No. 1: Make a strong first impression over the phone
Making a strong first impression is often easier done in person, rather than over a phone call. The key to making a good first impression over the phone is to come off as capable, confident, and comfortable. Well, how do I do that? Here’s how:
- Speak slowly and deliberately
- Don’t be afraid to take pauses
- Avoid raising the tone of your voice upwards unless you’re asking a question
- Smile and even laugh when you speak
- Practice delivering answers over the phone ahead of time with a loved one
- Engage in active listening
First impressions are important because it helps develop a relationship between you and the interviewer. From the moment you answer the phone, your tone of voice, behavior, attitude, and personal presentation will impact the employer’s decision to give you the travel job.
No. 2: Be prepared to answer questions from the interviewer
The next thing you should do to prepare for your job interview is get ready to play 20 questions. Okay, not really. But it may feel like it with the number of questions the interviewer will throw at you. Here’s a list of common interview questions relevant to travel nurses, travel therapy professionals, lab techs, and other professional med travelers. Pro tip: Usually, interviewers are looking for experience/capability, flexibility, a positive attitude, and team player mentality.
- What’s your specialty?
- What certifications do you currently have?
- Where were you trained?
- What type of hospitals or medical facilities have you worked for?
- What units have you worked in?
- Why would you like to work at this medical facility?
- How does your experience match the needs of the facility you’re applying to?
- Discuss your most significant professional accomplishment.
- Discuss your strengths and weaknesses as a medical professional.
- What are your future career plans?
- How do you handle difficult patients? Include an example.
- Provide an example of a time that required you to quickly make a decision on a patient’s care management.
- Have you ever disagreed with a colleague over a patient’s care plan? How was this resolved?
- Discuss your approach to handling stressful or frustrating situations. Provide an example.
Of course, there could be questions asked outside of this list, but practicing these questions will give you a leg up in your interview and prepare you for the questions that are not included in this list.
No. 3: Get ready to ask questions in the job interview
Travel job interviews are for employers to get to know you better, but it’s also a chance for you to get to know the interviewer and learn more about the travel assignment, as well. So, make sure you have questions prepare to ask the interviewer. Here are some suggestions to consider:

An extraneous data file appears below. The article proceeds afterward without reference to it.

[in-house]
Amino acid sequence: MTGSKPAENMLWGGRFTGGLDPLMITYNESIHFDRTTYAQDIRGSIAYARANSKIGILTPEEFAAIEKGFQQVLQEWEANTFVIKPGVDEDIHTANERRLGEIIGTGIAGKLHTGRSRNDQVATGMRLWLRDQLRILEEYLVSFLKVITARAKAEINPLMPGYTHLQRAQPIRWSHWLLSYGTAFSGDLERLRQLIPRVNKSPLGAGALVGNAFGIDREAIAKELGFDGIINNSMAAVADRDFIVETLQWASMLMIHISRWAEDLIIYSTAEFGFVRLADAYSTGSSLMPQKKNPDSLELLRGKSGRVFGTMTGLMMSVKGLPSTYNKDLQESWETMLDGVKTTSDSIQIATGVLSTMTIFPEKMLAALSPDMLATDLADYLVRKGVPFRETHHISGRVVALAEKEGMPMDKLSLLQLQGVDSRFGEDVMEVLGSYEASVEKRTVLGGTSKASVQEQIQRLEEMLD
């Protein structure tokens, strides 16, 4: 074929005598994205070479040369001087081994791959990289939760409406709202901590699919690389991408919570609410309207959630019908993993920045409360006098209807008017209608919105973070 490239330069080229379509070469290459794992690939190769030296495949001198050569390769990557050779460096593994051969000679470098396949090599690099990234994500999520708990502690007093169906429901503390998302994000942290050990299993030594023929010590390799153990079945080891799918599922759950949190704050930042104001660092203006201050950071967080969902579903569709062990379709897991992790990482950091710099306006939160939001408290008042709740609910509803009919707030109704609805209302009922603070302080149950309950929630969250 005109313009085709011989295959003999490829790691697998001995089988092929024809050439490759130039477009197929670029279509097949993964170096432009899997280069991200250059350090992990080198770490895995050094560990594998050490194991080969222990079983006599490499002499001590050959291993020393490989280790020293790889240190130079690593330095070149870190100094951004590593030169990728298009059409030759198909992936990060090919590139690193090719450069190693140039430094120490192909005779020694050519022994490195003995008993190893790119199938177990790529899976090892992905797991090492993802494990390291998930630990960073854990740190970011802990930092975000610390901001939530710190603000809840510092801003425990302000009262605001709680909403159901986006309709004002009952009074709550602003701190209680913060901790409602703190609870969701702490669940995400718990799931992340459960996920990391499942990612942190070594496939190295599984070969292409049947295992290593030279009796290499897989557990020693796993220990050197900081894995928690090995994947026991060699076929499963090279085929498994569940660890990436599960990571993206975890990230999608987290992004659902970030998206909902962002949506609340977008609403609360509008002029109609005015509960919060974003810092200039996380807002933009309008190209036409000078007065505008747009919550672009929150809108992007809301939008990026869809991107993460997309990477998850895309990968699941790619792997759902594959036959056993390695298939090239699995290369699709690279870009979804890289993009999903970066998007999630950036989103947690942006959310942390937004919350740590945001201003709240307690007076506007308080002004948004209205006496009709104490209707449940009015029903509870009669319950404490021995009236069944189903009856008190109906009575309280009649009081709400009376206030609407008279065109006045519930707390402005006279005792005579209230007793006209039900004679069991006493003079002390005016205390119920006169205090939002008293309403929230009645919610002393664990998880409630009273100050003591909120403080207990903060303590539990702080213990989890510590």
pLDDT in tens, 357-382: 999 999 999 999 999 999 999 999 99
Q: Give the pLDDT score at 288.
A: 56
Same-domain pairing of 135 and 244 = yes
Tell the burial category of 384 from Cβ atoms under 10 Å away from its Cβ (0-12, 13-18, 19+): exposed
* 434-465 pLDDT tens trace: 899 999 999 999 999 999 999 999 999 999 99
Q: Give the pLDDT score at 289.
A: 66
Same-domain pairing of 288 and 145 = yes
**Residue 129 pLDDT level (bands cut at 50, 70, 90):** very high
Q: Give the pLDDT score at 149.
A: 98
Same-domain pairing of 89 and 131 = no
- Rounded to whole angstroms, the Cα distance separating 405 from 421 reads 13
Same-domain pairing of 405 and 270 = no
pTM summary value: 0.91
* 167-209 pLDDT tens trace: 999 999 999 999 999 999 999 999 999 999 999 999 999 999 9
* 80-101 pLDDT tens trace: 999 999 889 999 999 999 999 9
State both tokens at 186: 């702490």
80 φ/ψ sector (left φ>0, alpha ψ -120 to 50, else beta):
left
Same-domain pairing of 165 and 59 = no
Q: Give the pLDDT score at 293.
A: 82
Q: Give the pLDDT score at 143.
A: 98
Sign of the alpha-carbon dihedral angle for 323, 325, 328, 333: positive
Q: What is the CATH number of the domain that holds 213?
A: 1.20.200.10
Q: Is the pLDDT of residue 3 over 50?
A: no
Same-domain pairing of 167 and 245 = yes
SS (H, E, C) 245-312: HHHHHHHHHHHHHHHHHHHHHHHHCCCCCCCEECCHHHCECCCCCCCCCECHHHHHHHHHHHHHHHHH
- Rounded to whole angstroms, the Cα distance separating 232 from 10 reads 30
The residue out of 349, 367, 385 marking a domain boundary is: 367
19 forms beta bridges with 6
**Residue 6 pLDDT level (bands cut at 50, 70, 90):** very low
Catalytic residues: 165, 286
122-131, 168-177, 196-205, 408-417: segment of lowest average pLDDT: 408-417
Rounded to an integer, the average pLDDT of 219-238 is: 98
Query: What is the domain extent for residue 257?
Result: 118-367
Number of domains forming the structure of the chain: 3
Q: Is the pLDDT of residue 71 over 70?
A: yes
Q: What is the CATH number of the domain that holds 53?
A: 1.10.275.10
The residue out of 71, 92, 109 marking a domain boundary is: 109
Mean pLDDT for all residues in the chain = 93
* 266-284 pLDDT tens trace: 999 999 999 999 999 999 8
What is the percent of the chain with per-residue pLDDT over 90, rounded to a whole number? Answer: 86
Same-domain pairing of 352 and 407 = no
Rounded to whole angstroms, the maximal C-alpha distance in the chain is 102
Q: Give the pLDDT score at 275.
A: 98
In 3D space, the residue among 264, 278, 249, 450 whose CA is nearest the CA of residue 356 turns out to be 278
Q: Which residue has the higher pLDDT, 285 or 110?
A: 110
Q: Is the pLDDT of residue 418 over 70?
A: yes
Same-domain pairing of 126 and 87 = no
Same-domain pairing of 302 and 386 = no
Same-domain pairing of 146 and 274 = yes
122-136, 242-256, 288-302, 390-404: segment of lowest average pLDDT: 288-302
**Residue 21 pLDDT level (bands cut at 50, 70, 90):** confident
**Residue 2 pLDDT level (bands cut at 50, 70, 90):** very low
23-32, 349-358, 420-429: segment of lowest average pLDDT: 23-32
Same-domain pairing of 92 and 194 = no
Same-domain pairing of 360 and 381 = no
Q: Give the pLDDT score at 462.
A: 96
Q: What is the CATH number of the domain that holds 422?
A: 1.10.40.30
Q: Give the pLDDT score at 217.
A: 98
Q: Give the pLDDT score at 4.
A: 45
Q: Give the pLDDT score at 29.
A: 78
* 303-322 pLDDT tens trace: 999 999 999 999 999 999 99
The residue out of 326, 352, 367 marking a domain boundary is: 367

- What are the main responsibilities and needs of this position?
- What are the most common challenges of this unit?
- What is the provider-to-patient ratio?
- What is the patient population? The average census? The average length of stay?
- What other medical professionals will I collaborate with on a day-to-day basis?
- How many other medical travelers are working or have worked at this facility? Have any travelers extended their contracts?
- What is the orientation and onboarding process like for travelers? How many days of orientation will I receive? How many precepted shifts?
- Is floating required? Will travelers float first? Which units could I float between when census is low?
- Is on-call required? If so, how often?
- Is overtime available to pick up on a volunteer basis?
- Can I work back-to-back shifts?
- How far in advance is the schedule available? How much notice is given for scheduling changes?
- What’s the policy when it comes to lunch/breaks?
- What type of charting system is used?
- Does this assignment carry the possibility of extensions?
Don’t miss out on your opportunity to turn the tables and put the interviewer in the hot seat to get to know more about the travel job. Remember that interviews are a two-way street!
Post-interview next steps
Alright, you’ve nailed your travel job phone interview—now what? Surprisingly, post-interview next steps are quite simple.
First, send a “thank you” message to the interviewer and let them know how much you appreciate them taking time out of their day to consider you for the job. Plus, this is a great way to ensure you’ve left a good impression!
Next, follow-up with your travel recruiter. Give them all the juicy details and tell them how you think the interview went! You can also double-check the job details and make sure you have your facts straight.
The last thing for you to do is sit back, relax, and wait for the results! You’ve prepared for the interview and gave it your best shot, so now all that’s left is to see what happens. Remember they’d be lucky to have you as part of their team.
If you generally struggle when it comes to job interviews, don’t worry—you’re not alone. In fact, according to employment screening service, JDP, about 93% of American job seekers get nervous before an interview. If you’re part of that statistic, then use this how to guide to help you perform your best in your job interview!